Peers sometimes complain that the House gets little media attention and sometimes have to complain when it does! In this post, I will address the former.
The absence of regular media attention is understandable. The Commons is the elected chamber and the arena in which the grand debate between the parties occurs. The cameras go for the gladiatorial conflicts, such as those at Prime Minister’s Question Time, which are not typical of what the House of Commons does, but are deemed to be televisual. Viewers might dislike what they see but nonetheless watch it.
The House of Lords, on the other hand, lacks the grand gladitorial conflicts. Much of its time is taken up with detailed scrutiny; that (as with detailed scrutiny in the Commons) is generally neglected by the media. Debating an amendment to the Water (No. 2) Bill may be of considerable importance in terms of improving the legislation but not something that will excite people in the pubs and clubs of the country.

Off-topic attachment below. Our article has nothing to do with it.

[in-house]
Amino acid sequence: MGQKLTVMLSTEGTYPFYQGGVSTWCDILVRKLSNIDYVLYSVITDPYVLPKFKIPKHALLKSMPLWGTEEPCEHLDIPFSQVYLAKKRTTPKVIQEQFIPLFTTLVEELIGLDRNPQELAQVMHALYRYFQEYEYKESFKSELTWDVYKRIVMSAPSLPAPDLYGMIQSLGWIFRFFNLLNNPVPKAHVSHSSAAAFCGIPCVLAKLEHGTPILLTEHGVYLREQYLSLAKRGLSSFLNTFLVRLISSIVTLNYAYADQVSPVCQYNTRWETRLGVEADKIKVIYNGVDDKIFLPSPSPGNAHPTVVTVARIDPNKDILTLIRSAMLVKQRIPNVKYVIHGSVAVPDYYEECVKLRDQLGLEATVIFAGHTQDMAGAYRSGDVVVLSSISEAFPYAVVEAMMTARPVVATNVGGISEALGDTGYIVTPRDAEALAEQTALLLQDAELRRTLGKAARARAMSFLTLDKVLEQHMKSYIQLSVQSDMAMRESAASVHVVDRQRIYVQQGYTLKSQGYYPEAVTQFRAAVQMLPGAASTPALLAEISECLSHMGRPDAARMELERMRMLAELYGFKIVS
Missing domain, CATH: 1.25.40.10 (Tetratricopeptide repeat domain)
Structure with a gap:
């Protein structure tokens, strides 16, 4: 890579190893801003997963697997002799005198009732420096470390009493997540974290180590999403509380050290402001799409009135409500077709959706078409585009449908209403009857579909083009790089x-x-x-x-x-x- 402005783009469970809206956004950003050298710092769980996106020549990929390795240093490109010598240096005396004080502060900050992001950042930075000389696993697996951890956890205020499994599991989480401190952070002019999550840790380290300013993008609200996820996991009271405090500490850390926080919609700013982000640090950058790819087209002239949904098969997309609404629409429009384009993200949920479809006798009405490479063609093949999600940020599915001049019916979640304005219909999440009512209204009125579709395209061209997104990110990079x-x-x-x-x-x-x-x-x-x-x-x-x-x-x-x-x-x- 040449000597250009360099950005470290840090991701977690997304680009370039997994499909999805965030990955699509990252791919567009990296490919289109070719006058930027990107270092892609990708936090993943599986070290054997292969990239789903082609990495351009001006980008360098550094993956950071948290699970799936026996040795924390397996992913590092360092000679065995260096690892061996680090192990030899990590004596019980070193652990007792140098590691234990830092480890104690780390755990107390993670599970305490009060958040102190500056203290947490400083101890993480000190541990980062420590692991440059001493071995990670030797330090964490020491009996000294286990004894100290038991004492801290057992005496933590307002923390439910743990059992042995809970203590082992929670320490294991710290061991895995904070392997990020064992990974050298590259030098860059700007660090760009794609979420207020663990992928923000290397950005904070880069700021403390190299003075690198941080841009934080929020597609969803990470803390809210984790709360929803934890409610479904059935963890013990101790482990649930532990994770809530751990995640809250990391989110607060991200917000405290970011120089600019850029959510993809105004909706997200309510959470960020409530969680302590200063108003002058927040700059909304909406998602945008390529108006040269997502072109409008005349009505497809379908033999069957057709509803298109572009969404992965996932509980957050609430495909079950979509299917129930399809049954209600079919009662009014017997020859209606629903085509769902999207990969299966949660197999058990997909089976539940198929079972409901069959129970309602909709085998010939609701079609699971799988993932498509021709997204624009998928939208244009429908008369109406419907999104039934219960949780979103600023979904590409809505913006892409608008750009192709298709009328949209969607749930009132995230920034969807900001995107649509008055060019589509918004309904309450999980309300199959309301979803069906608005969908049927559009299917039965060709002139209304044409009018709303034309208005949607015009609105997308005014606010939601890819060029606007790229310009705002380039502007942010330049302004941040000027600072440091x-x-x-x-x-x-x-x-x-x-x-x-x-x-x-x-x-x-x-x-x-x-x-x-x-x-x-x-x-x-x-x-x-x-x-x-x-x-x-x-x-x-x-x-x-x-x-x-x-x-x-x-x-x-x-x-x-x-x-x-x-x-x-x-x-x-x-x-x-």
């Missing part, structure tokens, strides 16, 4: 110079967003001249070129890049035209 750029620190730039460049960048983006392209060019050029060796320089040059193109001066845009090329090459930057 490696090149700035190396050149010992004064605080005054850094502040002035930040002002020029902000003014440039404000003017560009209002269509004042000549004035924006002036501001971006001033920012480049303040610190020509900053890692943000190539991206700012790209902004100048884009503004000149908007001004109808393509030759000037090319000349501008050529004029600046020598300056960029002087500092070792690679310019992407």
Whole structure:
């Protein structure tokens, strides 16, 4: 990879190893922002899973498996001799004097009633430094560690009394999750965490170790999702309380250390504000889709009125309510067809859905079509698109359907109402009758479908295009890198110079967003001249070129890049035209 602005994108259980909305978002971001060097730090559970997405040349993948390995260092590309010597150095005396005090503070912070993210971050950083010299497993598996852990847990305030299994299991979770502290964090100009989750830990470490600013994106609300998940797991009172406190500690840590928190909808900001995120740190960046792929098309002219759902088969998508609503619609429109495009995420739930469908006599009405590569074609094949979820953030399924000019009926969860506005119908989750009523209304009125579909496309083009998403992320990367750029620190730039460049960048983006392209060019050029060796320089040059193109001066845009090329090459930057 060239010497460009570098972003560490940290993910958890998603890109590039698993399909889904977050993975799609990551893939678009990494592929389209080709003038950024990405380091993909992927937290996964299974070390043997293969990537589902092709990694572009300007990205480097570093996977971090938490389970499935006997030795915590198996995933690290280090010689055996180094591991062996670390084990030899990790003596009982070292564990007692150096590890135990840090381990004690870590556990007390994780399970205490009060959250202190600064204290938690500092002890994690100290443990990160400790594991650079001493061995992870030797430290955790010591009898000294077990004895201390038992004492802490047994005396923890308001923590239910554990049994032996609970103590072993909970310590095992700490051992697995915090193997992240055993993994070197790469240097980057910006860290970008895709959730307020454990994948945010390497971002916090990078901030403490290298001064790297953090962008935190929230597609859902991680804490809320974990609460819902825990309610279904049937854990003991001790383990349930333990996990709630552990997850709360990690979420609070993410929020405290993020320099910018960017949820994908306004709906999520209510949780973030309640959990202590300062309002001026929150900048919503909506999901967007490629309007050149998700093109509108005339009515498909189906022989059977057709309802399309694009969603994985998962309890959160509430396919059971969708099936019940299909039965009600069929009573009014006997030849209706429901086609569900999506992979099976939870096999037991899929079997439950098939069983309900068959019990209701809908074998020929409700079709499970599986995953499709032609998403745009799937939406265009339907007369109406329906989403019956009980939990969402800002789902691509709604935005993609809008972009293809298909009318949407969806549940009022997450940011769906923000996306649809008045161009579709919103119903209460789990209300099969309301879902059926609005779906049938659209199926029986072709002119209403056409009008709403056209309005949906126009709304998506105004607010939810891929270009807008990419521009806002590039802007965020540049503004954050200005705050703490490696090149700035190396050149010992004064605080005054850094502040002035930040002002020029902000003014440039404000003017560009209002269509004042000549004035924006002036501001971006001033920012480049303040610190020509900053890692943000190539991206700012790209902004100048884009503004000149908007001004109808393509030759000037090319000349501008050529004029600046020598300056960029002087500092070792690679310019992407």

However, where peers do have grounds for complaint is when important issues are debated but neglected by the media. There are rare exceptions – as when former Chiefs of the Defence Staff in the House criticise the Ministry of Defence – but many significant debates go ignored, with the press gallery empty. The only regular coverage is on Radio 4’s ‘Today in Parliament’ as well as on the Parliament Channel, albeit broadcast at what may be deemed marginal times.
There is a downside to the lack of media coverage. People are unaware of what the House does and – much more importantly – do not get a chance to benefit from what is said in the House. Watching proceedings may give some understanding of how the House works, but it is what peers say that constitute the important output.
However, there is a potential upside to the lack of coverage. Working away from the glare of the media spotlight enables a productive discourse between ministers and members. Ministers can engage with peers in different parts of the House, knowing that acceptance of an amendment from another part of the House will not be written up as a government u-turn or climb-down. Constructive dialogue is not particularly televisual but it does benefit the House in being able to make a difference to the detail of legislation.